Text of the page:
3 Ways to Leverage Social Media for Your Young Adult Ministry



Have you ever noticed how often your students are on their phones? Have you ever wished you could find ways to connect more frequently and on a deeper level with those in your ministry? Maybe you find yourself struggling to engage with and connect with people within your ministry outside of your gatherings. If you answered yes to any of those questions, this post is for you!

Since social media is not going away anytime soon, here are a few ways to use social media to increase your ministry effectiveness:

1.    Build your brand.

At a minimum, social media can be leveraged as a communications tool for your group. At the maximum, social media can go as far as becoming an evangelism and outreach tool. Today’s generation of college students and young adults are used to publishing and creating content. Chances are, someone in your ministry is into graphic design, photography, or videography. Think about it this way, our role as Ephesians 4 leaders is to equip the saints for the work of the ministry. Some people are gifted in this area and are just dying to be asked. Consider these ways to create content that builds your brand:

  • Create a logo or image that resonates with your target audience.

  • Post updates during your events. Tell your audience what is happening during worship gatherings, Bible studies, sermons, outreach events, and more.

  • Post pictures of small groups and serving in the community.

  • Post a weekly or daily Bible verse.

  • Follow other ministries and ministry leaders to learn ideas from them. If you see someone doing things really well, it may inspire unique ideas for you as well.

2.   Build community. 

When social media first became a thing, it was all about personal profiles. After a while, there was a trend for nonprofits and companies alike to use “pages” instead of profiles. Currently, a lot of ministries are finding success in building their community by using group features on Facebook and Instagram. Before long, this trend will change as well.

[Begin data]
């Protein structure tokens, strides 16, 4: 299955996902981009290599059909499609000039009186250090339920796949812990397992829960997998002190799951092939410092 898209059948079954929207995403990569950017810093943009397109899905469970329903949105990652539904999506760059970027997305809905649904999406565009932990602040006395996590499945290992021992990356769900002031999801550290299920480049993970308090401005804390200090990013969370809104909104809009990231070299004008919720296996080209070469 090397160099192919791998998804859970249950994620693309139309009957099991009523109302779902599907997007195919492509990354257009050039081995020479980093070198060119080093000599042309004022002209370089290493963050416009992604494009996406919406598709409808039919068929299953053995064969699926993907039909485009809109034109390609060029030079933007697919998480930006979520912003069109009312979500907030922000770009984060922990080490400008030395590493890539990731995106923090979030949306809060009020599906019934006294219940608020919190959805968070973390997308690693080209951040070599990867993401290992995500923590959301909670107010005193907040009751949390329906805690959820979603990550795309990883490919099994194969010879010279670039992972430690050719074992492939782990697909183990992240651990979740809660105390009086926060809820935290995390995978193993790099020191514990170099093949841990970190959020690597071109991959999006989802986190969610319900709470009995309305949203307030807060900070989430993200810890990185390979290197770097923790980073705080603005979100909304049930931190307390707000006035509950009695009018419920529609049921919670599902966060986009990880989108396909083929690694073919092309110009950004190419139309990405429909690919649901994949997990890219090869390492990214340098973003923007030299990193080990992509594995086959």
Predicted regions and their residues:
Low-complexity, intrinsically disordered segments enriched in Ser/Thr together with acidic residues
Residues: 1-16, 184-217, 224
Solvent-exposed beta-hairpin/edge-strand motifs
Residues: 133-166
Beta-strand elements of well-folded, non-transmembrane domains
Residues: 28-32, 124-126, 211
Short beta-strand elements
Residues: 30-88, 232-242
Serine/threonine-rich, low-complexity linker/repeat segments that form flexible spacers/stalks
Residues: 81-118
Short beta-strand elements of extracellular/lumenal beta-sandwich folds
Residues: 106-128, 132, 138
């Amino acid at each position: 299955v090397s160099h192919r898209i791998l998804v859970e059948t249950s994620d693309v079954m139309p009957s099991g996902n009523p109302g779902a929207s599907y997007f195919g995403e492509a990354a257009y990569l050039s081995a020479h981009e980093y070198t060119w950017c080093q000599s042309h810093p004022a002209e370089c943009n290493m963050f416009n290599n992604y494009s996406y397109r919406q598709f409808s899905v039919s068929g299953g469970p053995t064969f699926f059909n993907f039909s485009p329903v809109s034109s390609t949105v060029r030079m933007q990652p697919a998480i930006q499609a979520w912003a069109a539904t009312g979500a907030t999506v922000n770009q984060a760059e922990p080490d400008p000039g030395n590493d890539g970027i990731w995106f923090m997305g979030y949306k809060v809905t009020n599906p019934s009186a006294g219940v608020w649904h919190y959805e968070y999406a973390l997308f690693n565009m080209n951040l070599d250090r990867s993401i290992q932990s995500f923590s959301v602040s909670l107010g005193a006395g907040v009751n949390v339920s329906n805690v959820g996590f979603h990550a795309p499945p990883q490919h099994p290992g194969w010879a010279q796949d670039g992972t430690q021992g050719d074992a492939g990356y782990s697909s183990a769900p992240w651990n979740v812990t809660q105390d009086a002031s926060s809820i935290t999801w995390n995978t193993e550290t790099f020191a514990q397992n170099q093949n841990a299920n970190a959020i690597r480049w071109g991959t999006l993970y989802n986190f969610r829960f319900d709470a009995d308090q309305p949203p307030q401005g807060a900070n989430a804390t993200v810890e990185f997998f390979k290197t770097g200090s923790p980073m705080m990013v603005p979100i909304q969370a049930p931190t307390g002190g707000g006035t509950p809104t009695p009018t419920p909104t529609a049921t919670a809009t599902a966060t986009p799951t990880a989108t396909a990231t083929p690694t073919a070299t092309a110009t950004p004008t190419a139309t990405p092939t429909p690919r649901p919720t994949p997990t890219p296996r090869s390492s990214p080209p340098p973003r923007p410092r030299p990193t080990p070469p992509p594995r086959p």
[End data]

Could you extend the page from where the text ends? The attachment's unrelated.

Social media is constantly changing. We can’t get stuck in one way of using technology. Though our mission remains the same, our strategies must be flexible to change.One advantage we have in working with young adults is they are fluent in the digital world of technology. For this reason, we should never be far behind on the latest ideas.

Two ways to building community via social media include 1.) Promoting weekly meetings or events (comments, shares, and even paid ads) and 2.) Leverage group messages (Instagram) and group features (Facebook).

3.    Build interaction and engagement. 

Each week has 168 hours in it. Even the most involved students will come to your ministry 5-10 hours per week (at most) for services, small groups, and events. Social media is one of the ways to create interaction outside the walls of your church or ministry. It’s one thing to post information only, but it’s another to ask a question in each post. You might also run a poll to find out what toppings people want at the ice cream party.

Two ways to interact and engage young adults with social media include:

  • Invite people who are good at social media into the process. Our ministry has quarterly outreach events, and we wanted to leverage social media for promotion leading up to the event, create buzz at the event, and celebrate all God did after the event. We needed help running our accounts for this, and we found one person who had the most fun they’ve ever had by running our profiles. He did the best job at it, too!

  • Use giveaways to create buzz. I’ve seen some ministries that will give away Starbucks for a year to one lucky person who RSVPs to the event on Facebook.

Now what? Some leaders will want to create a personal account and begin using it if they never have before. A second group might consider creating an account specifically for their ministry. Others will want to apply these principles to take their existing accounts to the next level.

We also want to hear from you. What ways have you seen social media impact your ministry? Which avenues of social media have you found most successful?